Display Settings:

Format

Send to:

Choose Destination
We are sorry, but NCBI web applications do not support your browser and may not function properly. More information
Am J Obstet Gynecol. 2003 May;188(5 Suppl):S71-6.

Early identification of mild traumatic brain injury in female victims of domestic violence.

Author information

  • 1Department of Physical Medicine and Rehabilitation, Ohio State University, Columbus, OH 43210, USA.

Abstract

BACKGROUND:

Domestic violence and traumatic brain injuries (TBIs) are major societal problems with public health implications. The inter-relationship between this specific form of violence and TBI has not been explored. However, a clinically relevant relationship is suggested by recent outcome data showing that TBI survivors who are victims of assault are more prone to a suboptimal outcome.

METHODS:

This observational study screened women who presented to 3 metropolitan emergency departments for health issues associated with domestic violence for a possible secondary mild TBI.

RESULTS:

Over a 7- to 9-month survey period, a total of 169 women with health issues directly attributable to domestic violence and who were referred to sexual assault-domestic violence health staff were identified. Thirty percent (n = 51) agreed to participate in this survey. A positive loss of consciousness on at least one occasion was reported in 30% of the respondents, and 67% of women reported residual problems that were potentially head-injury related.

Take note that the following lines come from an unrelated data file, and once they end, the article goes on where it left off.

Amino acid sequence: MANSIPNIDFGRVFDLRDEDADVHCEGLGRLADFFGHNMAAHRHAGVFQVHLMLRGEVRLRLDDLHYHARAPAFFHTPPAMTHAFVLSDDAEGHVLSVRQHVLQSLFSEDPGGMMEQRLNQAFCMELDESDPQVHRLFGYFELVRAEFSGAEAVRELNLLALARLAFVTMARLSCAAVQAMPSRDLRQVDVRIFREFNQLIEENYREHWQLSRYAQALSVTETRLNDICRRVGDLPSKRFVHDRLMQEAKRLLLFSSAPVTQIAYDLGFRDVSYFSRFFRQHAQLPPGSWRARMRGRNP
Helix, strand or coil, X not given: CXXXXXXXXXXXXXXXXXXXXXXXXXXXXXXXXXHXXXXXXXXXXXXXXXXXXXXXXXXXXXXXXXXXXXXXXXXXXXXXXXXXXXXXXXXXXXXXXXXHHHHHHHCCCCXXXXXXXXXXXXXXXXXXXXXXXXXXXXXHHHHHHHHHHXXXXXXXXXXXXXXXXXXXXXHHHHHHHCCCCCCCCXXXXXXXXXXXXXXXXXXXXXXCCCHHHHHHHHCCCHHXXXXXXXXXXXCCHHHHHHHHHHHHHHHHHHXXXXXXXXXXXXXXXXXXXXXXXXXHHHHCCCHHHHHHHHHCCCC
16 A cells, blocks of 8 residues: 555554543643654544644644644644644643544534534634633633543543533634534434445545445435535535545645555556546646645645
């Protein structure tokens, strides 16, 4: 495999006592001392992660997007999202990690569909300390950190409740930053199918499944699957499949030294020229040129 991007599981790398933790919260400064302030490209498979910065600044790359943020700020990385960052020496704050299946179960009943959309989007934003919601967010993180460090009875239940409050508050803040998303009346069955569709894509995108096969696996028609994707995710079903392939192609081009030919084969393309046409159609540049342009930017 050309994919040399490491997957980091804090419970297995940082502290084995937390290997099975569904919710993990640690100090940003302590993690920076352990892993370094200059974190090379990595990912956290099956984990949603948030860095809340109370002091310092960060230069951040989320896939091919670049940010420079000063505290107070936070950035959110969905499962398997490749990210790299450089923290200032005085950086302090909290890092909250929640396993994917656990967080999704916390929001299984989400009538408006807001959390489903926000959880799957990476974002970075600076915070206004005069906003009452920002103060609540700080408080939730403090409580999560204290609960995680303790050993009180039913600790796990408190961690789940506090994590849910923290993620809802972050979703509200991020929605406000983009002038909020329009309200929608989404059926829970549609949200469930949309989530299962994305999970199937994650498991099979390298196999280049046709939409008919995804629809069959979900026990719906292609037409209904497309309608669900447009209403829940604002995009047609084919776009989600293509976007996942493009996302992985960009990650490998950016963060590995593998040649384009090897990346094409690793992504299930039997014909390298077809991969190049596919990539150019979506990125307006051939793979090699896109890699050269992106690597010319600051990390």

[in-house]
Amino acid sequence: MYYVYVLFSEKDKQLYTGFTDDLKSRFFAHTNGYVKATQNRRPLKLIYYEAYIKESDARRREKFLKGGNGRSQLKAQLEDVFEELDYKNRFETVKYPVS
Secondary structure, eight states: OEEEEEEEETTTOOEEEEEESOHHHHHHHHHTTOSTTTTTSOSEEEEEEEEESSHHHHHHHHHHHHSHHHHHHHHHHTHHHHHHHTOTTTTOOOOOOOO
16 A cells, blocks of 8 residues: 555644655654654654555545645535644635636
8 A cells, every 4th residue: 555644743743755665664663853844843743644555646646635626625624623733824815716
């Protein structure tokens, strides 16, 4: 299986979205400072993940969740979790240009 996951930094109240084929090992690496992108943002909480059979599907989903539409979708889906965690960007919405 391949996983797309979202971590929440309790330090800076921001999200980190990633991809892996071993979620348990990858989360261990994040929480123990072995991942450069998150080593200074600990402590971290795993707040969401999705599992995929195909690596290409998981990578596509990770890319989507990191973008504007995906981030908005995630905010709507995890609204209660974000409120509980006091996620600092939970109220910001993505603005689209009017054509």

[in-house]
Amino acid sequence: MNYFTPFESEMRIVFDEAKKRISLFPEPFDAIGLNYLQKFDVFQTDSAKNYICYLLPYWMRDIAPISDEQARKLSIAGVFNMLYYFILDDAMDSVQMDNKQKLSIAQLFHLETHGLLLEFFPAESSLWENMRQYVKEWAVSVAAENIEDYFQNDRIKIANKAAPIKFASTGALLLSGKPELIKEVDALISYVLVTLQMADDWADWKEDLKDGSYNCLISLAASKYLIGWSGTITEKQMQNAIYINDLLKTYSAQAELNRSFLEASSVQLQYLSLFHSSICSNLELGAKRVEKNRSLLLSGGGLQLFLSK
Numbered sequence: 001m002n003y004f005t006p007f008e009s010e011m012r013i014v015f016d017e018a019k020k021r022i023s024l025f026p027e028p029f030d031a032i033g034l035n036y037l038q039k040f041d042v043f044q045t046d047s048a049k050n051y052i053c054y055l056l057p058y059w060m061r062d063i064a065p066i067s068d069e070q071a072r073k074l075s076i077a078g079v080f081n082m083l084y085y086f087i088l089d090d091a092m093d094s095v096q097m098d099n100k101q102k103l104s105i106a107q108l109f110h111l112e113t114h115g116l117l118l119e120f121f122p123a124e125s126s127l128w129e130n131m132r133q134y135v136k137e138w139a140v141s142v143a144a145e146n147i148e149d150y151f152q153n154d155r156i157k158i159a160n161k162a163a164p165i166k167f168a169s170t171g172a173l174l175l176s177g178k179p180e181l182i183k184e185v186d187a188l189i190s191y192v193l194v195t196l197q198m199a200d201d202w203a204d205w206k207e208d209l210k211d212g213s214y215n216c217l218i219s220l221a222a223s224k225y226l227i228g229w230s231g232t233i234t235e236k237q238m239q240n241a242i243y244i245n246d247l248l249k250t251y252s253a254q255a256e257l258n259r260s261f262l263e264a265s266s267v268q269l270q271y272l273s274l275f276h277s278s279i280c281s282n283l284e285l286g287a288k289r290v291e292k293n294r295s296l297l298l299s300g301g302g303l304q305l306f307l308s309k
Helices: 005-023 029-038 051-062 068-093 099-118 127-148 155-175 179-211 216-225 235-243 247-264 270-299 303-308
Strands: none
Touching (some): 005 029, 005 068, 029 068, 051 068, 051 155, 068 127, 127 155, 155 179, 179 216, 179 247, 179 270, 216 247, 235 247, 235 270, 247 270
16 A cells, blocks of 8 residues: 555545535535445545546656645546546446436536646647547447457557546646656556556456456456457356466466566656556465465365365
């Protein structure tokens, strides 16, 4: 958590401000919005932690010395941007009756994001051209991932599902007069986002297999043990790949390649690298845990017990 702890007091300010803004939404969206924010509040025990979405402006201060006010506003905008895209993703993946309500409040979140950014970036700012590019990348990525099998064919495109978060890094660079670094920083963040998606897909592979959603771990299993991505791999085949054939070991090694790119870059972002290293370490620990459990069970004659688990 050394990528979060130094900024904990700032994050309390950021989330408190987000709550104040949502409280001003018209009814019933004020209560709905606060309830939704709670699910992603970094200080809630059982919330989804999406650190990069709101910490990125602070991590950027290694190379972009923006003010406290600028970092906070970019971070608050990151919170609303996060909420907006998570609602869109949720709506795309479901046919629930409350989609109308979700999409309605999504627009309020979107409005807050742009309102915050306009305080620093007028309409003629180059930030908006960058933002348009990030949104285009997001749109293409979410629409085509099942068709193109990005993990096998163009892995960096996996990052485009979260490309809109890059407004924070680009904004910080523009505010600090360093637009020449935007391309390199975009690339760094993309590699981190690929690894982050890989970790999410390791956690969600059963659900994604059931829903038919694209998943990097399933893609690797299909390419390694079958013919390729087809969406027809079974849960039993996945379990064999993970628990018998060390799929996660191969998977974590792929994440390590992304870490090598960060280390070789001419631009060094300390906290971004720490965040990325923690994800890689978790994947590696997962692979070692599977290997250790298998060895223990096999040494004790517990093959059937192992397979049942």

CONCLUSION:

These data argue for greater vigilance in screening domestic violence victims for mild TBI because earlier identification and treatment of any postconcussive syndrome symptoms seems to diminish their adverse impact on outcome.

PMID:
12748454
[PubMed - indexed for MEDLINE]
PubMed Commons home

PubMed Commons

0 comments
How to join PubMed Commons

    Supplemental Content

    Icon for Elsevier Science
    Loading ...
    Write to the Help Desk